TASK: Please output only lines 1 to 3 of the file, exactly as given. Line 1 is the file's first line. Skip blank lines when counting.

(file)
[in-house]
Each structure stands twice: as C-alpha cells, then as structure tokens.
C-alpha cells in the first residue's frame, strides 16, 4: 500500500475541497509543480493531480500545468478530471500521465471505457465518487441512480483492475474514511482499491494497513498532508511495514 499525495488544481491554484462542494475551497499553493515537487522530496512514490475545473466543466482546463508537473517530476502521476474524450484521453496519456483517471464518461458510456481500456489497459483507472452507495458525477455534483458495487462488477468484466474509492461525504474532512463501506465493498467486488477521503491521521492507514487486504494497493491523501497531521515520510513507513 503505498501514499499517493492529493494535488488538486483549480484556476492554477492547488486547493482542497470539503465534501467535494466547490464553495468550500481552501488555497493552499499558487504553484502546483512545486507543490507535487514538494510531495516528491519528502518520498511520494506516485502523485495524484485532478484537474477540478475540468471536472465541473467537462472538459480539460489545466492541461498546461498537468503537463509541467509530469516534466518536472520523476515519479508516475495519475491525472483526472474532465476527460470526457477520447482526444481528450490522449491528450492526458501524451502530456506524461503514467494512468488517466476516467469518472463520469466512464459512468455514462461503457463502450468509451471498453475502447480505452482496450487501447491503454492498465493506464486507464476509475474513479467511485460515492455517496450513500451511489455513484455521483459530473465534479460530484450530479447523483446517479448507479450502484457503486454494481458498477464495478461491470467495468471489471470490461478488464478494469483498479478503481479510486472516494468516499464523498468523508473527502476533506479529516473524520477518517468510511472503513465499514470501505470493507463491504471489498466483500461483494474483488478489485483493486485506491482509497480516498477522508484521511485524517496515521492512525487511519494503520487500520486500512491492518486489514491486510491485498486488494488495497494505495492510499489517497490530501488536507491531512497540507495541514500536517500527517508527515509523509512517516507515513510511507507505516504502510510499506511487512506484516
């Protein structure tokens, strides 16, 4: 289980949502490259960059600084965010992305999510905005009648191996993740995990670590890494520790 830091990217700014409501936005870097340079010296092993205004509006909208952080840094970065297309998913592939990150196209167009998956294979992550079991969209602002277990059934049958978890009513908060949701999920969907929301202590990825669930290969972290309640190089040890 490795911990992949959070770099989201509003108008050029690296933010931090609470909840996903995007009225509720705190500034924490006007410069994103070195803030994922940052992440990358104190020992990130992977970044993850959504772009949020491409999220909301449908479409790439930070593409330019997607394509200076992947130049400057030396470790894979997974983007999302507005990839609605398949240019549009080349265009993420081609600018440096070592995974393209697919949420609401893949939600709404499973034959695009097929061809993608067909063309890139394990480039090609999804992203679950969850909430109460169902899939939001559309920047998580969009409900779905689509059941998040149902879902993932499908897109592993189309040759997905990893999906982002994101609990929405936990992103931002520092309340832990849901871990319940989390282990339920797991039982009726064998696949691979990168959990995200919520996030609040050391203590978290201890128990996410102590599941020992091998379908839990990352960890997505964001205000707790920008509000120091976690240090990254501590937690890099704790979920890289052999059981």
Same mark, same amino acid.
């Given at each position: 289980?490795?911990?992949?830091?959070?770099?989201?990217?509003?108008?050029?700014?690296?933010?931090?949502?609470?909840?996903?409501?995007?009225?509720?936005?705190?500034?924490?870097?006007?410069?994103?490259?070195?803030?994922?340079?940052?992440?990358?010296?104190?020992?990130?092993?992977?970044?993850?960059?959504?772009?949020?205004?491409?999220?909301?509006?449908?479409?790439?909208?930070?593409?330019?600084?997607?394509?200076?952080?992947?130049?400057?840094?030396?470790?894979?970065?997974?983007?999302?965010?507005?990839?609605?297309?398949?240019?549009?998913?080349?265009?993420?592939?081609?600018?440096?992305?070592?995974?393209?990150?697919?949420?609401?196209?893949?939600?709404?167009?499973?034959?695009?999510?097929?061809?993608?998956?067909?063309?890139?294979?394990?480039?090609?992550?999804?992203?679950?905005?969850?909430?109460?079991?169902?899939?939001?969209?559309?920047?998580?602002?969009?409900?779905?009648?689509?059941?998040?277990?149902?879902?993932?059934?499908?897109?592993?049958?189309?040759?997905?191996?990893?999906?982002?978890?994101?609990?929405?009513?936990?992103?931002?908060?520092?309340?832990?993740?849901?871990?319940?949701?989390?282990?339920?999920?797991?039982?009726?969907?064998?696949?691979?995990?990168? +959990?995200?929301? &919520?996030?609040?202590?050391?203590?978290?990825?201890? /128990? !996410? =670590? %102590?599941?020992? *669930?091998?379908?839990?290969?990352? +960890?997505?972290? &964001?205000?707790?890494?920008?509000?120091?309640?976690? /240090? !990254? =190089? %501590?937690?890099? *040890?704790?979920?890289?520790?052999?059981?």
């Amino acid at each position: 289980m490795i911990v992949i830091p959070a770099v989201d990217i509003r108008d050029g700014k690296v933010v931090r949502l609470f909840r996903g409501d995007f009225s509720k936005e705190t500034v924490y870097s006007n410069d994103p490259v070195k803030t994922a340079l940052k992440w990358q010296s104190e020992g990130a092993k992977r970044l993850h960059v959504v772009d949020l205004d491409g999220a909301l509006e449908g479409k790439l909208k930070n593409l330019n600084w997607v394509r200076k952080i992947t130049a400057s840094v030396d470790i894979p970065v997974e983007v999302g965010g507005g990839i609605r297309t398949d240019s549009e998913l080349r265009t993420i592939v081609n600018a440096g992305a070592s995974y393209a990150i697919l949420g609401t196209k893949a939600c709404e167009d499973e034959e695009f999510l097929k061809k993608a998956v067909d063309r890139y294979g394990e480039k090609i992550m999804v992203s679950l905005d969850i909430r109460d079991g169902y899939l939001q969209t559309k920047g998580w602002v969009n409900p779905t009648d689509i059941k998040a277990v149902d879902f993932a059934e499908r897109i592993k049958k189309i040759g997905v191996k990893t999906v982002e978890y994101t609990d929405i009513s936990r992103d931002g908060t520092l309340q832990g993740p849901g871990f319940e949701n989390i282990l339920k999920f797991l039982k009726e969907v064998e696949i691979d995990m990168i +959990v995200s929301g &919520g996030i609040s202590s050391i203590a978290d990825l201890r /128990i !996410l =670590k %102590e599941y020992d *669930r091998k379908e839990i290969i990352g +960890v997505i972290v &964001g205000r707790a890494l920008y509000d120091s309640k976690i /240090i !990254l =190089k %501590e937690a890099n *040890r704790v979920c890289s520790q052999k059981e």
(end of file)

[in-house]
Each structure stands twice: as C-alpha cells, then as structure tokens.
C-alpha cells in the first residue's frame, strides 16, 4: 500500500475541497509543480493531480500545468478530471500521465471505457465518487441512480483492475474514511482499491494497513498532508511495514 499525495488544481491554484462542494475551497499553493515537487522530496512514490475545473466543466482546463508537473517530476502521476474524450484521453496519456483517471464518461458510456481500456489497459483507472452507495458525477455534483458495487462488477468484466474509492461525504474532512463501506465493498467486488477521503491521521492507514487486504494497493491523501497531521515520510513507513 503505498501514499499517493492529493494535488488538486483549480484556476492554477492547488486547493482542497470539503465534501467535494466547490464553495468550500481552501488555497493552499499558487504553484502546483512545486507543490507535487514538494510531495516528491519528502518520498511520494506516485502523485495524484485532478484537474477540478475540468471536472465541473467537462472538459480539460489545466492541461498546461498537468503537463509541467509530469516534466518536472520523476515519479508516475495519475491525472483526472474532465476527460470526457477520447482526444481528450490522449491528450492526458501524451502530456506524461503514467494512468488517466476516467469518472463520469466512464459512468455514462461503457463502450468509451471498453475502447480505452482496450487501447491503454492498465493506464486507464476509475474513479467511485460515492455517496450513500451511489455513484455521483459530473465534479460530484450530479447523483446517479448507479450502484457503486454494481458498477464495478461491470467495468471489471470490461478488464478494469483498479478503481479510486472516494468516499464523498468523508473527502476533506479529516473524520477518517468510511472503513465499514470501505470493507463491504471489498466483500461483494474483488478489485483493486485506491482509497480516498477522508484521511485524517496515521492512525487511519494503520487500520486500512491492518486489514491486510491485498486488494488495497494505495492510499489517497490530501488536507491531512497540507495541514500536517500527517508527515509523509512517516507515513510511507507505516504502510510499506511487512506484516